According to D. Haraway, current intellectualist discourses are imbued with binary oppositions, body vs. consciousness, nature vs. machine, individual vs. collective. The cyborg, in turn, seems to transgress beyond these oppositions. On the one hand, it foreshadows the completion of the exclusively human; on the other hand, it brings others into social arenas and asserts their right to have their place and voice. The cyborg becomes a unique option for overcoming the natural and artificial through their fusion. In 2016, D. Haraway has developed the idea of constructing horizontal optics; based on the material of the so-called Chthulucene she argues that the survival of all living things, including humans, is possible through building unpredictable collaborations; everything is a compost in which “We become – with each other or not at all” (Haraway, 2016b). The manifesto consists, among other things, of the following, seemingly constructive thesis, “Cyborg imagery can suggest a way out of the maze of dualisms in which we have explained our bodies and our tools to ourselves” (Haraway, 2016a, p. 65).

Australian thinker M. Wark brings back the hackers in a series of manifestos. She continues her “A Hacker Manifesto” in the logic of the “fathers” of the manifesto. In this logic, human history develops in the context of a change in the dominant economic class: feudal lords replaced slave owners, capitalists replaced feudal lords, a vectoralist class, in turn, replaced capitalists in the digital society. The key confrontation, according to M. Wark, in the digital era is between the class of hackers and vectoralist, information becomes the key good. Unlike her predecessors, the ideologists of the communist movement, M. Wark seems to be creating her manifesto not in order to determine the main vectors in the development of history, but in order to identify herself. Among other things, she opens the manifesto with the following lines, “A hacker manifesto: Not the only manifesto, as it is in the nature of the hacker to differ from others, to differ even from oneself, over time. To hack is to differ” (Wark, 2004, p. 14). At this point, she acknowledges the possibility of the existence of other “manifestos”, positions on the question of who is a hacker; her manifesto is her answer to the question posed, an attempt to grasp her Self, which is becoming in differentiation.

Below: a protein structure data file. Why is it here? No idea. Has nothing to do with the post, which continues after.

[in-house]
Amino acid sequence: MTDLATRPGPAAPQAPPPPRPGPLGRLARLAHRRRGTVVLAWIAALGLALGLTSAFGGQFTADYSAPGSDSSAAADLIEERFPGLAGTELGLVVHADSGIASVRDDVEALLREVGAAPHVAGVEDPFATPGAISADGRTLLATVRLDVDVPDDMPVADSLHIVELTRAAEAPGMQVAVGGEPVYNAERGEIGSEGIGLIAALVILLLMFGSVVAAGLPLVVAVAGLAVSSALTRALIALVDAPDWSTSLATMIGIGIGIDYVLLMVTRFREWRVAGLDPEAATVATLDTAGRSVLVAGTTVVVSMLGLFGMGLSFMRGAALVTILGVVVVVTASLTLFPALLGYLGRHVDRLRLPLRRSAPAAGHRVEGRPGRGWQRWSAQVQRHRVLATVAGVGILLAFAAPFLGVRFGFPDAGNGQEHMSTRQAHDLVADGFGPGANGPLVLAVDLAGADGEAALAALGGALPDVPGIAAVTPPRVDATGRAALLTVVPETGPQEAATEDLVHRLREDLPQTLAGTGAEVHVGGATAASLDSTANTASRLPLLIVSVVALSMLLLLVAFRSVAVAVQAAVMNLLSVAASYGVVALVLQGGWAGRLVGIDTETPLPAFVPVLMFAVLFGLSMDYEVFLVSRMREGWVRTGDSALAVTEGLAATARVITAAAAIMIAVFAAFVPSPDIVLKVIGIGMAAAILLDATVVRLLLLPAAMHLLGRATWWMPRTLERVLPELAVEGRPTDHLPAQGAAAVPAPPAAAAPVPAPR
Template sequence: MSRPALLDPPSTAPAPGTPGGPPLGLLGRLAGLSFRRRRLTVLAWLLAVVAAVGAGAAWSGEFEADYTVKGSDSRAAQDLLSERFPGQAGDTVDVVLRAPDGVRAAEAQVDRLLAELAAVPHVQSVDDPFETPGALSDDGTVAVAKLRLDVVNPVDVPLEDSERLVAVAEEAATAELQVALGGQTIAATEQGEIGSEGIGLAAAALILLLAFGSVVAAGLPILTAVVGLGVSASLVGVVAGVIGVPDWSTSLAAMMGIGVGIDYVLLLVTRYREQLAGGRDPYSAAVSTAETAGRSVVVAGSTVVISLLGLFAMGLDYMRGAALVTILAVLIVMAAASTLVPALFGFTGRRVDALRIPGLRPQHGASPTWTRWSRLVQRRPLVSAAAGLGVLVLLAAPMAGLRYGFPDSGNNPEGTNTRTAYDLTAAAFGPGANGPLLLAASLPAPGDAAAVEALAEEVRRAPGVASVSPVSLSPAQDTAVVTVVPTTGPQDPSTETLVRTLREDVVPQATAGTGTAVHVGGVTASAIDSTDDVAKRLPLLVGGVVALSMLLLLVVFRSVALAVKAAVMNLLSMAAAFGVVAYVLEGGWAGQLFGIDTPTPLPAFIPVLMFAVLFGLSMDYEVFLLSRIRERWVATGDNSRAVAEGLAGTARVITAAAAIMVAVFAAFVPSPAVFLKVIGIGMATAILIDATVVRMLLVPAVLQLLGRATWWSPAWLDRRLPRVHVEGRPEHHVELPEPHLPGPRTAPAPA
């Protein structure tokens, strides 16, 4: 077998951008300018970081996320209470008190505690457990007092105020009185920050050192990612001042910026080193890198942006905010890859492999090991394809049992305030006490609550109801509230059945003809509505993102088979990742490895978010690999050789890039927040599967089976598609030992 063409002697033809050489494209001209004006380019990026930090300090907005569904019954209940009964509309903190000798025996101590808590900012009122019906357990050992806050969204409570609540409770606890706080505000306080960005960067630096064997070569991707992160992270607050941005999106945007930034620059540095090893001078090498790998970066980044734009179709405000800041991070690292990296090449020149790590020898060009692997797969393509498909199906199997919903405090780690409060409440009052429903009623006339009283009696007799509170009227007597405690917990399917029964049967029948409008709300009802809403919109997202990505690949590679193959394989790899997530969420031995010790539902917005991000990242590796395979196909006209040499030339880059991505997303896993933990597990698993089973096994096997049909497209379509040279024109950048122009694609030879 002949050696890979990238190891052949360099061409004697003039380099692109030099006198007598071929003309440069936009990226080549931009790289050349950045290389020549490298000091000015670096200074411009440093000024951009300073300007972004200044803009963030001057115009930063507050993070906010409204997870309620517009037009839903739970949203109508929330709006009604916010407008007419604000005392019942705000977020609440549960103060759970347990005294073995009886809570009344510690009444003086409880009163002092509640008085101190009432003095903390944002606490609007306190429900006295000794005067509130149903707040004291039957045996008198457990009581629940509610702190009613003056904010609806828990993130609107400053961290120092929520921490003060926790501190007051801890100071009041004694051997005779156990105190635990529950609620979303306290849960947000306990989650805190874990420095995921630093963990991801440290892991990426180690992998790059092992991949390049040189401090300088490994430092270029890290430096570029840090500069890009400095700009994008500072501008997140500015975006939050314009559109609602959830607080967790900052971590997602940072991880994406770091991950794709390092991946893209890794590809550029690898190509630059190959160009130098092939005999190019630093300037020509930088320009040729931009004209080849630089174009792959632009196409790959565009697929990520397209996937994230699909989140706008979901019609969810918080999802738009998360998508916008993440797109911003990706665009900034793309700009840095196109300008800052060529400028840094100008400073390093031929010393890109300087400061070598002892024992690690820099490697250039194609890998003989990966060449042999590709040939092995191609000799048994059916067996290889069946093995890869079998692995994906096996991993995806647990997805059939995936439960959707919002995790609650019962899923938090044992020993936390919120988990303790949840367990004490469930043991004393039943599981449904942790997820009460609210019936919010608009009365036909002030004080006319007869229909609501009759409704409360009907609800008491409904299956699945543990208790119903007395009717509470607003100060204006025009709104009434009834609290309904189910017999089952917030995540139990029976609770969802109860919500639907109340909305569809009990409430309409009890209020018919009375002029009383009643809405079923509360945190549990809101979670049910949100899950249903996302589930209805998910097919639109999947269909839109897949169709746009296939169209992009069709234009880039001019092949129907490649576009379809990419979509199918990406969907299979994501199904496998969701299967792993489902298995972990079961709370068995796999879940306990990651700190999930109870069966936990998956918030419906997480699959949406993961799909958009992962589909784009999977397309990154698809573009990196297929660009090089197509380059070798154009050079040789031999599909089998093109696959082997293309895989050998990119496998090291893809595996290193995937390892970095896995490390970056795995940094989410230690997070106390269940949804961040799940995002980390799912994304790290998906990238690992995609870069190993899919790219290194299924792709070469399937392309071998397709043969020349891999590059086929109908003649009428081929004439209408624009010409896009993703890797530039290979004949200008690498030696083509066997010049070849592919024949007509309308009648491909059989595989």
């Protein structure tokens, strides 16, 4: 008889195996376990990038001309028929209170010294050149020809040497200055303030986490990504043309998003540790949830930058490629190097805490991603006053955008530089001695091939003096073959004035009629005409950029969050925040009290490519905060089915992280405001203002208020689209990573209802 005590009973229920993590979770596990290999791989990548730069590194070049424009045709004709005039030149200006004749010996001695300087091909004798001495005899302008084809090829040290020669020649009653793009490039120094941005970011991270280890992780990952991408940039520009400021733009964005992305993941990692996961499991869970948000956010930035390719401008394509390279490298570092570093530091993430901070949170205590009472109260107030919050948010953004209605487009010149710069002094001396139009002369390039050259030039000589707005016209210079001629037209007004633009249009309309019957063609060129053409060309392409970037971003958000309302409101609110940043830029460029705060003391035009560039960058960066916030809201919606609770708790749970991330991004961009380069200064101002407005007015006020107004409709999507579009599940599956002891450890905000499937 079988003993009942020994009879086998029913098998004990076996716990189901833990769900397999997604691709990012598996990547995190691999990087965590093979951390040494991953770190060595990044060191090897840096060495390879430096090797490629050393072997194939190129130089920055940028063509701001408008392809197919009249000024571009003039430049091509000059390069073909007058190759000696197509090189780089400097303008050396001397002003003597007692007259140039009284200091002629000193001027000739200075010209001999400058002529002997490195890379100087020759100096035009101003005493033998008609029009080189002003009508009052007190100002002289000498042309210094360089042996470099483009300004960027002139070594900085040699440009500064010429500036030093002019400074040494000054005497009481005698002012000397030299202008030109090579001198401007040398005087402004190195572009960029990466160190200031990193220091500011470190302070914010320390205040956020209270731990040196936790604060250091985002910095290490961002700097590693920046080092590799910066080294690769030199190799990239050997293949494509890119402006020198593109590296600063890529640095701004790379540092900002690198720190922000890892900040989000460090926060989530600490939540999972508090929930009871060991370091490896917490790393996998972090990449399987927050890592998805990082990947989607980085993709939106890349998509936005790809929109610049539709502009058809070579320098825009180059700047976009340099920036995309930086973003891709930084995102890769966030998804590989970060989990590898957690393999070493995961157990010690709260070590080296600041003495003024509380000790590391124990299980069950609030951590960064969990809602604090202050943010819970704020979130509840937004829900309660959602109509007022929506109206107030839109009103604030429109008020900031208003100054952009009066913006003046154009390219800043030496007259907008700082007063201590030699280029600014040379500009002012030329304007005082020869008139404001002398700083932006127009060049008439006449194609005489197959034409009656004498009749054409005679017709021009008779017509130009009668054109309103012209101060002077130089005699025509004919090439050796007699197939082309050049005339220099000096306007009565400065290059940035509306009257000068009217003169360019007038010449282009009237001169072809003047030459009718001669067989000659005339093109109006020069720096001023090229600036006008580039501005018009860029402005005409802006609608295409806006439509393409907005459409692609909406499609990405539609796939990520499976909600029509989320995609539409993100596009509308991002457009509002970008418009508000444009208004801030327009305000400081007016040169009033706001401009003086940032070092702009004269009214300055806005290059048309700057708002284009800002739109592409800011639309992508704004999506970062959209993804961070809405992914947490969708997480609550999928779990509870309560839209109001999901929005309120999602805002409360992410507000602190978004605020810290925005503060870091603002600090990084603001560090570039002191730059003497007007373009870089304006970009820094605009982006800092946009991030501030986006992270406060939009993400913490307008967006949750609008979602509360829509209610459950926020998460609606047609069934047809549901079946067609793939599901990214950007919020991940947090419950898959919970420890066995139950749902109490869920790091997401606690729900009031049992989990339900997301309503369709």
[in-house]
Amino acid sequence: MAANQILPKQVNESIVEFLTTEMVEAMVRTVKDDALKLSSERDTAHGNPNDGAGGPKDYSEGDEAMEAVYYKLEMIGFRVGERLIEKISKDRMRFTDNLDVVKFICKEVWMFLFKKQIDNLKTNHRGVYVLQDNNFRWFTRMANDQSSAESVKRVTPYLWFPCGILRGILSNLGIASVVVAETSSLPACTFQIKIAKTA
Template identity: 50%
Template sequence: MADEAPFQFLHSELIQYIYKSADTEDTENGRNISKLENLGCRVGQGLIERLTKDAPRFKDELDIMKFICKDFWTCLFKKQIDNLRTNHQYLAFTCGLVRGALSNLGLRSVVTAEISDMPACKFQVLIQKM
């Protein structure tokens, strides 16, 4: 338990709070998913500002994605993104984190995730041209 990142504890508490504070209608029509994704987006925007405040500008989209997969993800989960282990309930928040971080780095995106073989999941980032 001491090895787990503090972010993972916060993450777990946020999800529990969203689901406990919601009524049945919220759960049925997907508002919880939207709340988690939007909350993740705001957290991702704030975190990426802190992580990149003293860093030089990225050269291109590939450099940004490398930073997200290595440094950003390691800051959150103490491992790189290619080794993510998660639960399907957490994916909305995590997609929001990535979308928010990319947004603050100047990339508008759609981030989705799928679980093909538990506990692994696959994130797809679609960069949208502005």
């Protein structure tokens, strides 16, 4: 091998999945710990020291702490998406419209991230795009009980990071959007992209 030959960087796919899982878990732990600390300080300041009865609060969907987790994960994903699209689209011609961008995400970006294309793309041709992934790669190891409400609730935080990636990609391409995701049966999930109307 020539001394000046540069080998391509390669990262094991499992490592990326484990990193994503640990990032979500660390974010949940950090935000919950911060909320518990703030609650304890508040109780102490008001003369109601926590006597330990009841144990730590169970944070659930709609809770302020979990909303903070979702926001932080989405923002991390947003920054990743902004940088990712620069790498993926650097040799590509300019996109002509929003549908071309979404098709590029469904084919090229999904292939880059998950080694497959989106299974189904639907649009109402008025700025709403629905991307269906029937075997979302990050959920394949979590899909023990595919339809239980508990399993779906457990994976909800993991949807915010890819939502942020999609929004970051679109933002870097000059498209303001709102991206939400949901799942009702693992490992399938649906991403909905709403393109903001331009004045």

So, at the turn of 20st – 21st centuries, a social and economic struggle is unfolding between the class of hackers and vectoralist. In the digital era, the struggle revolves around intellectual property, which, in comparison with previous forms of property, is abstract; it allows hackers, as a key productive force, to increase the speed of production of economic goods, new forms of property (from ideas to patents and copyright). But the system of relations described back in the 19th century by K. Marx and F. Engels, dictates its own rules even in relation to products of abstraction. “As the abstraction of private property is extended to information, it produces the hacker class as a class, as a class able to make of its innovations in abstraction a form of property. Unlike farmers and workers, hackers have not-yet-been dispossessed of their property rights entirely, but still must sell their capacity for abstraction to a class that owns the means of production, the vectoralist class – the emergent ruling class of our time” (Wark, 2004, p. 22). Just as in previous economic formations, the class of vectoralist, through a monopoly on the means of production, information channels, seeks to establish a monopoly on the abstractions created, following the logic of violence of the previous classes of economic influence, establishing “absolute control over intellectual property by means of war-like strategies of communication, control, and command” (Wark, 2004, p. 22). M. Wark does not dwell on specific illustrations that would express strategies for implementing such control practices, but in her discourse, there are points of intersection with the understanding of transnational corporations in the logic of the so-called “surveillance capitalism” (see, for example, Sh. Zuboff (Zuboff, 2020)).

The fundamental difference between M. Wark’s discourse and “classical” hacker discourses is that she offers an expanded understanding of the hacker, designating him / her as a key productive force. For her, every creator of an abstraction becomes a hacker, and not just an elite group among programmers. Therefore, she becomes a hacker, just like the rest of us, the so-called “proletariat of intellectual labor”. She concludes that “the interest of the hacker class lies first and foremost in the free expansion of the vectors of communication, culture and knowledge around the globe” (Wark, 2004, p. 381). It is in hackers, according to her thought, that the potential for intellectual development of a particular individual, the entire society and the world as a whole is concentrated. Hence, the strategy in the actions of hackers is the struggle to free up information channels; products of abstraction, work of thought, intellectual property remains in the hands of their authors, and not distributors of information.